Natural Remedies for Anxiety and Stress


Suppose you feel stressed and anxious. You’re having trouble sleeping or you just feel down. Maybe you schedule a “session” with a psychiatrist. You expect to talk about your impossible boss, difficult relationship or financial woes.

Instead, what you get is 15 minutes of working out which pill and dosage you should take — and then you’re sent on way, Big Pharma prescription in hand.

And there’s a 72% chance you won’t even be diagnosed as depressed.1

Big Pharma couldn’t be happier. Doctors and psychiatrists write more than 250 million scripts for antidepressants every year. And most are for people who aren’t even depressed.2

In a minute, I’m going to show you a much more effective – and much safer – way to alleviate your anxiety and stress.

But first, let’s look at another dirty, little secret that Big Pharma and the FDA don’t want you to know about – antidepressants don’t work.

Researchers took at look at 38 clinical trials covering 3,000 depressed patients. They found that 75% of mood improvement came from the drugs’ placebo effect.3 In other words, you could take a sugar pill and get the same benefits.

Those were just studies published in journals. Another review looked at clinical trials submitted to the FDA by drug companies. More than half of those studies showed NO real difference between the drugs and a placebo.4

So that begs the question: How did these drugs get approved if they’re no better than a placebo?

The FDA has a funny way of reviewing studies and research. They will approve a drug as long as there are just two studies showing some benefit over a placebo. It doesn’t matter if 10 other studies show no benefit at all.

And the FDA approves these bogus drugs, in spite of serious side effects, like nausea, weight gain, and loss of sex drive. Depression drugs are also strongly linked with violent behavior. I’m talking about homicides, suicides, assaults and physical abuse.5

I don’t prescribe these dangerous drugs. Instead, I help my patients lift depression using natural therapies.

The natural therapies I recommend will help you boost your physical and mental stamina.

Here 5 Natural Remedies That Will Improve Your Mood Safely

1. Challenge Your Body to Exercise: Studies show exercise reduces symptoms of major depressive disorder.6 It boosts your mood by increasing circulation of blood and oxygen to your brain. Exercise also releases serotonin – the “feel good hormone” – in your brain. And it lets loose endorphins, your brain’s natural morphine-like pain relievers. Together they give you a sense of pleasure.

Try doing 10 to 20 minutes of exercise three or four times a week using the PACE fitness program as a guide.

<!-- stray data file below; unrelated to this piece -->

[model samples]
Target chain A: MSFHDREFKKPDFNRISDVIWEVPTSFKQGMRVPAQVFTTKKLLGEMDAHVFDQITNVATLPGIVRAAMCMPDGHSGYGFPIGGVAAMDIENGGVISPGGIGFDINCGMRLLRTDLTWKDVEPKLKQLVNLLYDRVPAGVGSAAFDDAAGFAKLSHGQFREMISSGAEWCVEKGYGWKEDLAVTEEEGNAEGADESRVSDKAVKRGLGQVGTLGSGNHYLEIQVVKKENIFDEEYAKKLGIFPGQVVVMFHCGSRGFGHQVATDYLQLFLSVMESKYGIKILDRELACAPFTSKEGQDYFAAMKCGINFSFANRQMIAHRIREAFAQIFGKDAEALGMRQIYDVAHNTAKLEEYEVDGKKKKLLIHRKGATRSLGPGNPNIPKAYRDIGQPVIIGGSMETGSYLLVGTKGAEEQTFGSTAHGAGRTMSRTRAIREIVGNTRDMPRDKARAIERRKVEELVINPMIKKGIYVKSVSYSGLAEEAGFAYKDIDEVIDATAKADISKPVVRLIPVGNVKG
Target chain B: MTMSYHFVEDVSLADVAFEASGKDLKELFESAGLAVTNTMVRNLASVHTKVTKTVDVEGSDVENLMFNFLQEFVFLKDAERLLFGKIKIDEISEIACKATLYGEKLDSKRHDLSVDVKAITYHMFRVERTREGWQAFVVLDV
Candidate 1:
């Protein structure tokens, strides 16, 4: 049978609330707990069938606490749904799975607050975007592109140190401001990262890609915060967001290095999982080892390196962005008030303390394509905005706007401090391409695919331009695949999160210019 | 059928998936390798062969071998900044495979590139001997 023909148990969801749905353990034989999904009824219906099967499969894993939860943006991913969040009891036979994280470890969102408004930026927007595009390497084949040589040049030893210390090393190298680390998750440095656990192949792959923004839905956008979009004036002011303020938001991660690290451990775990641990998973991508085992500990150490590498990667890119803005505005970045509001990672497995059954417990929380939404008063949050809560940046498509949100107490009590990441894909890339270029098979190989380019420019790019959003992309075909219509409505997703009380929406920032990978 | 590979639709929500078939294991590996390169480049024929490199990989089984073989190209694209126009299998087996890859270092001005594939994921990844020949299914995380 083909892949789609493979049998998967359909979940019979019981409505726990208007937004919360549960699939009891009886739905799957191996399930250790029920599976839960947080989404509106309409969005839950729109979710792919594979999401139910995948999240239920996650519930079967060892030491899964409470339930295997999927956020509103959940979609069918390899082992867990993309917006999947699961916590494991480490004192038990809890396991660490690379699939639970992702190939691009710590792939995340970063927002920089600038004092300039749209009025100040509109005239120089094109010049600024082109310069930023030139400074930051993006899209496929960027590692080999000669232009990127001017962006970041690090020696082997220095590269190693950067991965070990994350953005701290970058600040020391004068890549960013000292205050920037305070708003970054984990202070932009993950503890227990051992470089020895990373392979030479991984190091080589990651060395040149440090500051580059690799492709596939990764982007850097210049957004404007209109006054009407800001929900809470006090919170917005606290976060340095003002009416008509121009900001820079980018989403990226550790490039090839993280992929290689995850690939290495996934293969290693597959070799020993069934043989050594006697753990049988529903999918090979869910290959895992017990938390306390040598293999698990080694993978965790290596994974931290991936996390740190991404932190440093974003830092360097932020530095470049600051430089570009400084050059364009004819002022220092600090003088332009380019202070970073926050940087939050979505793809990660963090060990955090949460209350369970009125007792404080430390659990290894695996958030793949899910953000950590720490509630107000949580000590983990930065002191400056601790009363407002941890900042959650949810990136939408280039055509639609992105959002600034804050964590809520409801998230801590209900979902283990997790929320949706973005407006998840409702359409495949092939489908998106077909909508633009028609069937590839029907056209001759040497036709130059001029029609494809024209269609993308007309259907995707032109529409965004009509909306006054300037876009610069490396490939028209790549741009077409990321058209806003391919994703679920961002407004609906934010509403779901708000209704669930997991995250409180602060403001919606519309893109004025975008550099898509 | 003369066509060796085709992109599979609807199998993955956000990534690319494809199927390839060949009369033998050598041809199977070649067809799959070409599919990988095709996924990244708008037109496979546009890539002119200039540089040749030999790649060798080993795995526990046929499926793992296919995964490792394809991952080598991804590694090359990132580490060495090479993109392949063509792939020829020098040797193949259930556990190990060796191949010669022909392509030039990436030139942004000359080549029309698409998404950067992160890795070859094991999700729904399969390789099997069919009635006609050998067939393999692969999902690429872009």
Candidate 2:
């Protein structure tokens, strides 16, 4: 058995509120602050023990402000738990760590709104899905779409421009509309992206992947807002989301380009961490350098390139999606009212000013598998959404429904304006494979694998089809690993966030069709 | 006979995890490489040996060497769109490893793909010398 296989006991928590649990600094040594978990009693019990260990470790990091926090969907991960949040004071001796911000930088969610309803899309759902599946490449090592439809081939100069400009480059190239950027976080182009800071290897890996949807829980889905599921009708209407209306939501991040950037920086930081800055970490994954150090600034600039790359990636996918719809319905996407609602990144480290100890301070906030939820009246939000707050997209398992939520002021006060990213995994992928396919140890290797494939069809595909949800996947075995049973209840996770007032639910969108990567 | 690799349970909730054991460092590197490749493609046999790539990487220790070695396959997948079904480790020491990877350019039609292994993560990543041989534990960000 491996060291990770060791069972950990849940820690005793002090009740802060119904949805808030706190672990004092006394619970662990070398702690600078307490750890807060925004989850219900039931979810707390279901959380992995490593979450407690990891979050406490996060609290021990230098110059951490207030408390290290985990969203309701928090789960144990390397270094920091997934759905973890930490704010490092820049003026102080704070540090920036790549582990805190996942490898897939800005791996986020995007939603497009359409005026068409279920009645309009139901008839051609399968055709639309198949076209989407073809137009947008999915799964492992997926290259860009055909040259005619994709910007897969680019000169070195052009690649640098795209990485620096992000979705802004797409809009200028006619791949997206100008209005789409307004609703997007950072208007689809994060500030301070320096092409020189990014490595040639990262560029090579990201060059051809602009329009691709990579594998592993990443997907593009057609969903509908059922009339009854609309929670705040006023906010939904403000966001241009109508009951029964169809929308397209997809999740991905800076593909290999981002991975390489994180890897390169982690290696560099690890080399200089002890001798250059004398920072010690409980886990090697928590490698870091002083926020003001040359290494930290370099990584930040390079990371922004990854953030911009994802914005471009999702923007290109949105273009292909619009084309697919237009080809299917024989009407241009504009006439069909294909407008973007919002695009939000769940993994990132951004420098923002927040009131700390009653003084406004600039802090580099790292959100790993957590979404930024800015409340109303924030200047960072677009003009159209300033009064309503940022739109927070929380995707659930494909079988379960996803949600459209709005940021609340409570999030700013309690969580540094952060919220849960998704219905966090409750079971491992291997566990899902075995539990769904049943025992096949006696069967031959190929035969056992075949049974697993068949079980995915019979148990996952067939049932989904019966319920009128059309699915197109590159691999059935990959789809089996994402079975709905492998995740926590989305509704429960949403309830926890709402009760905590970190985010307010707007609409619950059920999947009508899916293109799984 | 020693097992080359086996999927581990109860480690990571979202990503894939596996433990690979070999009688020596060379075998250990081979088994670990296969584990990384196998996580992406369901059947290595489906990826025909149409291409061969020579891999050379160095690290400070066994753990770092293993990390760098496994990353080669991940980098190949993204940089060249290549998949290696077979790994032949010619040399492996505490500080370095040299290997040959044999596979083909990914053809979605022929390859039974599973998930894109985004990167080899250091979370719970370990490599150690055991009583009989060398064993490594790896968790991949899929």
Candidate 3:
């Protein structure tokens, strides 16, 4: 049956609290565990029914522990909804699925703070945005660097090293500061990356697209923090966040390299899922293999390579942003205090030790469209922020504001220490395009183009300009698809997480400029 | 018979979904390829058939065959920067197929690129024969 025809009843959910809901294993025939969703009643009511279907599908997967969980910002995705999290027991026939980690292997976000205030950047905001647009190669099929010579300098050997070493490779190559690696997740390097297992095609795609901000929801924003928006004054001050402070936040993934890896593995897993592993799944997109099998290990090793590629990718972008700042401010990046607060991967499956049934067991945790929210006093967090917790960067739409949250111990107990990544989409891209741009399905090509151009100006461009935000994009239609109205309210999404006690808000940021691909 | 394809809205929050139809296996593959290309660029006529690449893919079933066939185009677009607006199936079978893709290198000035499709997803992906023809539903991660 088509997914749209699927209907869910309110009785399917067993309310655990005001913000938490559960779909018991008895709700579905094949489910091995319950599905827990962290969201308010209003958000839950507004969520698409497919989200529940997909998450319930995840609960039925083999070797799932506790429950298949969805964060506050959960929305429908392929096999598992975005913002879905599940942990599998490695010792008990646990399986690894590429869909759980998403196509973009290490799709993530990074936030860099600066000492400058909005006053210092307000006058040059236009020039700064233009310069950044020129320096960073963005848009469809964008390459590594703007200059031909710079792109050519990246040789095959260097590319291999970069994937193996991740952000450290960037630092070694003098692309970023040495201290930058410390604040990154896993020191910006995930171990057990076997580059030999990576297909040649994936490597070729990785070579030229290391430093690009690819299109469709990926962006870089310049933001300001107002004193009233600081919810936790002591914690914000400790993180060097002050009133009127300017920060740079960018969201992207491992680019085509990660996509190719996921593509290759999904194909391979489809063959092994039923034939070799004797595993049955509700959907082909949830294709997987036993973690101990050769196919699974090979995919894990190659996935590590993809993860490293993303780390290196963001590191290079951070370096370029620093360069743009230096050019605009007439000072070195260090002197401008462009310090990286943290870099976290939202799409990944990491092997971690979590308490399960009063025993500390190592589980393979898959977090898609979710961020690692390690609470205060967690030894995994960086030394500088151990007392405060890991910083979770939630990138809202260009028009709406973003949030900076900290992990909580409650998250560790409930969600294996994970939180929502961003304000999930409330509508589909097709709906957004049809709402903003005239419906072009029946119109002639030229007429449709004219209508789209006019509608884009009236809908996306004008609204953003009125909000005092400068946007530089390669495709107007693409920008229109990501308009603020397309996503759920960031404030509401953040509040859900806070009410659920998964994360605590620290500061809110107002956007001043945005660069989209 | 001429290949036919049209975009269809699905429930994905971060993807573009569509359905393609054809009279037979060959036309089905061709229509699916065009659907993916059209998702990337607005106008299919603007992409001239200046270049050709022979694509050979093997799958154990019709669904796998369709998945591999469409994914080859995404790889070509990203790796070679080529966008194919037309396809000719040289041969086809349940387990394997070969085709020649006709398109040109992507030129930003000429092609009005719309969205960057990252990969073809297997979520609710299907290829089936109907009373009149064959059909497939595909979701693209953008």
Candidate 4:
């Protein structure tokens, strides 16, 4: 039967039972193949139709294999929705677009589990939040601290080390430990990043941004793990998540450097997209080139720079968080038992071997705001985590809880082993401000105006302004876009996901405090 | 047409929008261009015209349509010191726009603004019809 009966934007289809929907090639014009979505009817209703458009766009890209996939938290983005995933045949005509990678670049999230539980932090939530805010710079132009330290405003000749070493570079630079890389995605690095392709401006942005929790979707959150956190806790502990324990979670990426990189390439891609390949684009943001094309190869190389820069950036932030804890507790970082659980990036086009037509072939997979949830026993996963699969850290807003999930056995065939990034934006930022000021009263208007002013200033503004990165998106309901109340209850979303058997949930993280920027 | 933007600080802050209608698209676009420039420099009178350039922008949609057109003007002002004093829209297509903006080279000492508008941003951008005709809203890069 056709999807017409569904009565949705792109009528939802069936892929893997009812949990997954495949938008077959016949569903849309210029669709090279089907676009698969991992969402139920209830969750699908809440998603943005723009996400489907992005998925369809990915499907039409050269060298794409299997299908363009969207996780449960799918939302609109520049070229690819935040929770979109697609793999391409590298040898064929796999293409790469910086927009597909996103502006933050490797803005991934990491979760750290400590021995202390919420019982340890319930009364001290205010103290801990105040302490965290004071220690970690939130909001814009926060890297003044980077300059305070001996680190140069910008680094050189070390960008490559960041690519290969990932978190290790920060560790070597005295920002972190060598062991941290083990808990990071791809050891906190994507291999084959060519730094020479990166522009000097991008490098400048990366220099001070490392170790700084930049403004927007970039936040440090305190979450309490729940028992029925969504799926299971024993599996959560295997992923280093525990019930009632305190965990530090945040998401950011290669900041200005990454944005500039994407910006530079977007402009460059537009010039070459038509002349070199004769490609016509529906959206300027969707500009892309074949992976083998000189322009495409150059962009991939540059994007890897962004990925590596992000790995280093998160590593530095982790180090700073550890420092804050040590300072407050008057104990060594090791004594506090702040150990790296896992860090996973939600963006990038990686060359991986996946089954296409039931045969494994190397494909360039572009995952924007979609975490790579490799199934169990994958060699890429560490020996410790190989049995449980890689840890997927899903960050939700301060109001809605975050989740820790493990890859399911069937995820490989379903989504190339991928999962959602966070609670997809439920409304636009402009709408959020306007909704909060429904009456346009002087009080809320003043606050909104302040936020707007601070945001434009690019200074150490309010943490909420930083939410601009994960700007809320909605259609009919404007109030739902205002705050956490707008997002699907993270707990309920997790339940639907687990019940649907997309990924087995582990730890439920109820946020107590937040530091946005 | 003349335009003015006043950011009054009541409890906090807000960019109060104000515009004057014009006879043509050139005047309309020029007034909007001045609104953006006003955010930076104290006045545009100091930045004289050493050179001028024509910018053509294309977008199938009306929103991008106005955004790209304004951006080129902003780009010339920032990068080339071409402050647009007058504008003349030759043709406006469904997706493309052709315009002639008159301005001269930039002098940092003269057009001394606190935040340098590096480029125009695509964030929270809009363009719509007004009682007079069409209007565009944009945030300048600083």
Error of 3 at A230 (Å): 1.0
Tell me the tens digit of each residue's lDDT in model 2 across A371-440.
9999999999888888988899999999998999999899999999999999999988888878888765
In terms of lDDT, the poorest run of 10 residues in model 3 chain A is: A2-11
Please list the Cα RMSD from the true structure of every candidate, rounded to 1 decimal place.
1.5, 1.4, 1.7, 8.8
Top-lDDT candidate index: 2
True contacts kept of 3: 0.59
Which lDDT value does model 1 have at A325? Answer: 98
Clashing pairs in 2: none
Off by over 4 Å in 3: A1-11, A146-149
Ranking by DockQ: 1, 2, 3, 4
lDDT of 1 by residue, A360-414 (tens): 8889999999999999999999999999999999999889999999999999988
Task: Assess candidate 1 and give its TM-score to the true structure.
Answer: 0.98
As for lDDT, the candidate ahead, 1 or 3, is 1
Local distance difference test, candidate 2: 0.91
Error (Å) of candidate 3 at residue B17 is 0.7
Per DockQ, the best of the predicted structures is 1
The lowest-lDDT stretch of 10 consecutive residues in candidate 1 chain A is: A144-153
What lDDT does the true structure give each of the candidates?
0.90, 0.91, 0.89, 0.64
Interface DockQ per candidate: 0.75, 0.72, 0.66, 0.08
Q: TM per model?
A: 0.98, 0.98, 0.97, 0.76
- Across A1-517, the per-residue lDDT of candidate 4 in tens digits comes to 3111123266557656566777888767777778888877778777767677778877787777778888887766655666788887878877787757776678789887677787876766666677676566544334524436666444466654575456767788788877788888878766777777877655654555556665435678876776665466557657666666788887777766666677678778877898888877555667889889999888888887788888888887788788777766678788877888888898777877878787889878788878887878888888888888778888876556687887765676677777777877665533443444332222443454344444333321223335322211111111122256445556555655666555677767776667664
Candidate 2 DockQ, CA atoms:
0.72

2. Eat More Omega-3 Fats: Your brain is 60% fat. It needs omega-3 fatty acids to build brain cell membranes and nerve connections. And studies show omega-3 fats help ward off depression.7 People who take in more omega-3s have increased gray matter in the areas of the brain that control depression, emotions, and mood.8 Even bipolar patients who don’t respond to drugs have been shown to improve with omega-3s.9

You can get omega-3 fats from oily fish like mackerel, herring, salmon, anchovies, sardines, trout and fresh tuna.  Another good source is grass-fed beef.  But it’s almost impossible to get enough omega-3s from your diet.  I recommend krill oil and squid oil to my patients.

To prevent depression, take at least 2,000 mg per day. If you already have depression, a dosage of up to 4,000 mg of omega-3s per day helps lift mood.10

3. Get More Sunshine: A study in the Mayo Clinic Proceedings linked higher levels of vitamin D in the blood to a significantly lower risk of depression.11

I help my patients get off drugs like Prozac and Zoloft by getting more vitamin D. The best way to do that is sunshine. Try spending 10 to 15 minutes in the midday sun unprotected.  It will give you between 3,000 and 5,000 IUs of vitamin D3.

You can also get vitamin D from food. A serving of wild salmon or mackerel provides roughly 350 IU of vitamin D3. Sardines or tuna in oil provide about 225 IUs.

I recommend taking 5,000 IU per day of vitamin D3. Just be sure to avoid D2, the synthetic form of vitamin D. It’s less potent and less absorbable.

4. Increase Your Magnesium: Low levels of magnesium in our farm soil have been linked closely to increases in mental illness.12 And low magnesium in the brain is linked to serious depression that resists most drugs.  Studies reveal that magnesium works better than the common antidepressants.  And it doesn’t have the bad side effects.13

Case histories show magnesium supplements can lift major depression in less than seven days. All it took was 125–300 mg of magnesium with each meal and at bedtime.14 I recommend taking between 600 and 1,000 mg of per day.  Look for the glycinate or taurinate forms.